Supreme Court confirms long-standing rule: parents can't waive a child's injury claim before it occurs.The so-called "common law" is the collection of judicial decisions starting with the English Courts before the American Declaration of Independence and continuing through today in any area of law not governed by statute. In Michigan, that common law has long included the well-established principle that a parent cannot contract away a child's important rights. The latter principle had been further defined to include the right to pursue a personal injury claim among the protected rights of the child. This common law principle had also been recognized and reinforced in Court Rules and other public policy decisions protecting an injured child's interests and stipulating, for example, that a court , must approve any attempted waiver or compromise of a child's injury claim. This week a badly-divided Michigan Supreme Court reaffirmed these principles in Woodman v. Kera LLC, doing business as Bounce Party.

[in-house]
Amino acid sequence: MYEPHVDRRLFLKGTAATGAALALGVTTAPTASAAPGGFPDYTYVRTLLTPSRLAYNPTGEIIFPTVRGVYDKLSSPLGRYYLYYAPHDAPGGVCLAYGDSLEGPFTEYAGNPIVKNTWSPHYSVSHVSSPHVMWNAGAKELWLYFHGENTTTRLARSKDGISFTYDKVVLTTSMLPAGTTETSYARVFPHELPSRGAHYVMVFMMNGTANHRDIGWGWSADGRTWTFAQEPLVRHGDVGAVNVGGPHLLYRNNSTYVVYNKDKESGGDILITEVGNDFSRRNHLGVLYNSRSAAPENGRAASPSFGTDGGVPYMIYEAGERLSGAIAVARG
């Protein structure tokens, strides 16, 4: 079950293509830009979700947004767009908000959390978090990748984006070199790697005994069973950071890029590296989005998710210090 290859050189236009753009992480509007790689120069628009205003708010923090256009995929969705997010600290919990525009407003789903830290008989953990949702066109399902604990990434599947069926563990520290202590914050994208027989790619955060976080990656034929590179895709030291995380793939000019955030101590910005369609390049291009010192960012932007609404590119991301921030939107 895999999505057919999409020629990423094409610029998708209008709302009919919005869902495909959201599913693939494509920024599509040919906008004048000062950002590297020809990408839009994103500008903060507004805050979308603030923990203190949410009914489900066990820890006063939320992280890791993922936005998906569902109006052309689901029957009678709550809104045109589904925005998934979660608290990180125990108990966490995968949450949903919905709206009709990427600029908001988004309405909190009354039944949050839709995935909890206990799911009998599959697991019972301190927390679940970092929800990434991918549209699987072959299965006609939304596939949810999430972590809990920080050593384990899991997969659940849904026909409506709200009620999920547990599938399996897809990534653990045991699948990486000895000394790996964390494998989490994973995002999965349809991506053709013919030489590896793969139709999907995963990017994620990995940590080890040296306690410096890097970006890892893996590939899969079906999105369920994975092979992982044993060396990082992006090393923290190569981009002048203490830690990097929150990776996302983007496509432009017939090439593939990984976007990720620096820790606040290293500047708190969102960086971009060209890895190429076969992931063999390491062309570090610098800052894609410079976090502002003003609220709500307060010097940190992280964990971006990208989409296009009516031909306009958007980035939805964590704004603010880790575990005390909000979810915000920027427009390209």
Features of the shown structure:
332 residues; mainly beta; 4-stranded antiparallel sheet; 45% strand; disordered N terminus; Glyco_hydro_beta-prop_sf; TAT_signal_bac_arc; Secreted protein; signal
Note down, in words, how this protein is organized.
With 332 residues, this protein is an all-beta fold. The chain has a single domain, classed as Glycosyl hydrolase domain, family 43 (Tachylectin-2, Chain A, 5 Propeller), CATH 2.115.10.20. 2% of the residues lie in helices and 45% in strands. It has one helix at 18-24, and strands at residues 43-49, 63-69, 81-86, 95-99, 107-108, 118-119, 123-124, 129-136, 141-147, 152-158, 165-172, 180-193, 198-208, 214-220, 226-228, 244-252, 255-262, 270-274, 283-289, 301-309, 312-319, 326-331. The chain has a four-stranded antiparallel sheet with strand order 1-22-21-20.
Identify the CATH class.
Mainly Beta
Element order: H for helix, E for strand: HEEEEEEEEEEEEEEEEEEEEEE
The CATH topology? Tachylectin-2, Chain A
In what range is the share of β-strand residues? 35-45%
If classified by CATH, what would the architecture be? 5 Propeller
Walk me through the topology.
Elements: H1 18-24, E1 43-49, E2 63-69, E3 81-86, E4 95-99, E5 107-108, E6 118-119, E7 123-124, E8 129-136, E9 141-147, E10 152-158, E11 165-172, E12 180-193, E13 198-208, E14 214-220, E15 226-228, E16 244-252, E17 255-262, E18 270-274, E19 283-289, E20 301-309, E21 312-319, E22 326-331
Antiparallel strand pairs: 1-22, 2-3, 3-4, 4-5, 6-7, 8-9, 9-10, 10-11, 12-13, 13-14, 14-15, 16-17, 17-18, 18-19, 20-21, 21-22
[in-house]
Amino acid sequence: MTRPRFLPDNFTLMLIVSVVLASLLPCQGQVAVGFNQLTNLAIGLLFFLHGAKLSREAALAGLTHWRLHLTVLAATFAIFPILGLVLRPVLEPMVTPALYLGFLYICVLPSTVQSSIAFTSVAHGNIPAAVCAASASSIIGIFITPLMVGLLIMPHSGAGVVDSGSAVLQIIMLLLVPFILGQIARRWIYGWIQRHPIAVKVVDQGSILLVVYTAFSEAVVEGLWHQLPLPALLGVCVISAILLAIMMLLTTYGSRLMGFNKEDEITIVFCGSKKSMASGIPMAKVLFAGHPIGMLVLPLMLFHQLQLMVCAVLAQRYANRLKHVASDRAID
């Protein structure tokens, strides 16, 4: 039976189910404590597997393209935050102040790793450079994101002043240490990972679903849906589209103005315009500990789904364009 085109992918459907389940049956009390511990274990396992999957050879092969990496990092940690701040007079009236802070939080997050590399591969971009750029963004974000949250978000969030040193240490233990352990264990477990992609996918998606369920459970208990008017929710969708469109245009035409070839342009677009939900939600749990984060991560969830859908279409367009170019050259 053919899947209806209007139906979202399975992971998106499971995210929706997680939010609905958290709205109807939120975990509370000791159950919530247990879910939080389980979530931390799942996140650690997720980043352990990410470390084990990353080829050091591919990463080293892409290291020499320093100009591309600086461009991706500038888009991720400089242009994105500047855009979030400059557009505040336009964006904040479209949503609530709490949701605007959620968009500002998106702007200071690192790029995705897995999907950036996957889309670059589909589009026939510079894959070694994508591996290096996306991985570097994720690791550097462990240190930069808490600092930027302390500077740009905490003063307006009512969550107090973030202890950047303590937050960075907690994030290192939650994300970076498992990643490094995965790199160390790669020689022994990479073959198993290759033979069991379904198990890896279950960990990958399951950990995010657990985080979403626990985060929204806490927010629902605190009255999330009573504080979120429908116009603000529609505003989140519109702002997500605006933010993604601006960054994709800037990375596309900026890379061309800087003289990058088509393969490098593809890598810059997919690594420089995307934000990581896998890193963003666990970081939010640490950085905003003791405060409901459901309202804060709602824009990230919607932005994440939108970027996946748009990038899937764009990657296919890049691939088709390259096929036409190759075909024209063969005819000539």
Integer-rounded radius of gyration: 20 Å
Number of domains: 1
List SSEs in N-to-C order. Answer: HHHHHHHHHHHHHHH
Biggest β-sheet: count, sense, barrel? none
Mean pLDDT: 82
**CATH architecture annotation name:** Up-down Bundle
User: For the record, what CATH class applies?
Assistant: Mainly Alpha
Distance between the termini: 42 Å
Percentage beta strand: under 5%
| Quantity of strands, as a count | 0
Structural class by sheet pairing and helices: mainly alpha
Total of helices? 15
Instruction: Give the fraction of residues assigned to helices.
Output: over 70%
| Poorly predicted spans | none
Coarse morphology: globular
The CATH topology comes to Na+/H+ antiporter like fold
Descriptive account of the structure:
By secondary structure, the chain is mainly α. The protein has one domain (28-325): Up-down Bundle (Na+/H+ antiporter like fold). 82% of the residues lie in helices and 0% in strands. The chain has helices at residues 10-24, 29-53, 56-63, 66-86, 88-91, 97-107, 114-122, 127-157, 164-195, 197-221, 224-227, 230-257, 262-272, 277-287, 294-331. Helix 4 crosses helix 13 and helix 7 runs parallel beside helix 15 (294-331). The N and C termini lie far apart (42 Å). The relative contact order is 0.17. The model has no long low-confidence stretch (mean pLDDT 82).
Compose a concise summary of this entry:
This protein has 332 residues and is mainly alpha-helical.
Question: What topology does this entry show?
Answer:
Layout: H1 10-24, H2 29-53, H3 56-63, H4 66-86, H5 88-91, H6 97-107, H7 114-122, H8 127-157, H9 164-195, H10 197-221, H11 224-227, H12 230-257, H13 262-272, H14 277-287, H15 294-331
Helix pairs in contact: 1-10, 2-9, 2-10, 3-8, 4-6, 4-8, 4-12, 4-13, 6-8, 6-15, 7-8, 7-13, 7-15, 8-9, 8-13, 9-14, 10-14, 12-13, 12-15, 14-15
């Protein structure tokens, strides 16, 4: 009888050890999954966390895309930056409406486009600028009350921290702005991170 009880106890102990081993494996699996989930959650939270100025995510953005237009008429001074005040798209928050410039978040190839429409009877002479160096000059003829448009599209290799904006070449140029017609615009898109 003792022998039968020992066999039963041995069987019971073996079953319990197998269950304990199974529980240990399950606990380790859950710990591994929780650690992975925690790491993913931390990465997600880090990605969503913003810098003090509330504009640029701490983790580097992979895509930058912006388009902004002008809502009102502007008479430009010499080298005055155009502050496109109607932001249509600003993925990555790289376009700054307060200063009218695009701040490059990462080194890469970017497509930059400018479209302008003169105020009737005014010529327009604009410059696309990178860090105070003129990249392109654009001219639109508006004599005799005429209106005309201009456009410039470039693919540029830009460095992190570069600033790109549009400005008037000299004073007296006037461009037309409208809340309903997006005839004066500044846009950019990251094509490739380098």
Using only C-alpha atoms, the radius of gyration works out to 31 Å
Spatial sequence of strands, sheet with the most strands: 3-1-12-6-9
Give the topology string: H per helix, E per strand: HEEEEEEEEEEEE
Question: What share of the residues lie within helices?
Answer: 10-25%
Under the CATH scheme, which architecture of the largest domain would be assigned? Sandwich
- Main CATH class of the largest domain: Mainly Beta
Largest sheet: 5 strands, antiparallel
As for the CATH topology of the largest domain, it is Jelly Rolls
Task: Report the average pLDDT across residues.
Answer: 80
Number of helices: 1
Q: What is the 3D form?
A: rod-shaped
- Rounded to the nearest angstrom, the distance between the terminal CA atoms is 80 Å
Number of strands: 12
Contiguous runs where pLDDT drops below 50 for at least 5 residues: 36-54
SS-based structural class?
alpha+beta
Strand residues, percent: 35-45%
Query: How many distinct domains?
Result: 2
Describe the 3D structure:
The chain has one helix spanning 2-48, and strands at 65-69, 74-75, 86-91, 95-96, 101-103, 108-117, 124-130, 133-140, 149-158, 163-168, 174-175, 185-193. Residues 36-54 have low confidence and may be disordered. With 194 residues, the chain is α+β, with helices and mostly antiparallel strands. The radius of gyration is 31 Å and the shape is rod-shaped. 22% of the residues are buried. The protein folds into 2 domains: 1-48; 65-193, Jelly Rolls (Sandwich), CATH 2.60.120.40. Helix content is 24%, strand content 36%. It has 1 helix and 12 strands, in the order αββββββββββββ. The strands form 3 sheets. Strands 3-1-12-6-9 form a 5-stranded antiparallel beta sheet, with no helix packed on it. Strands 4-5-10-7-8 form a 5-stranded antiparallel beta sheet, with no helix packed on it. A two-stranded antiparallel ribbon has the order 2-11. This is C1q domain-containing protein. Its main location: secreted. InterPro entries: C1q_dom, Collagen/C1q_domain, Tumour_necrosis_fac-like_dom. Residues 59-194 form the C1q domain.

Justice Young wrote an opinion signed by three other judges who agreed with the basic holding that a parent lacks authority to sign away the child's rights. Justice Cavanagh agreed with the outcome, but based his decision on the fact that the purported waiver signed by the parent contained language that did not explicitly waive the child's rights. Justices Markman and Corrigan would vote to authorize parents to sign away a child's rights, in order to preserve the child's freedom to play in environments where the activity sponsor [or its insurer] wants to avoid liability exposure for the his or her own negligence.
The Young opinion may have accomplished the release-drafter's intent, in any event, as it upheld the contract right of the at-fault activity sponsor to seek indemnification from the parent, in the event a child proves that the sponsor was negligent and recovers a judgment.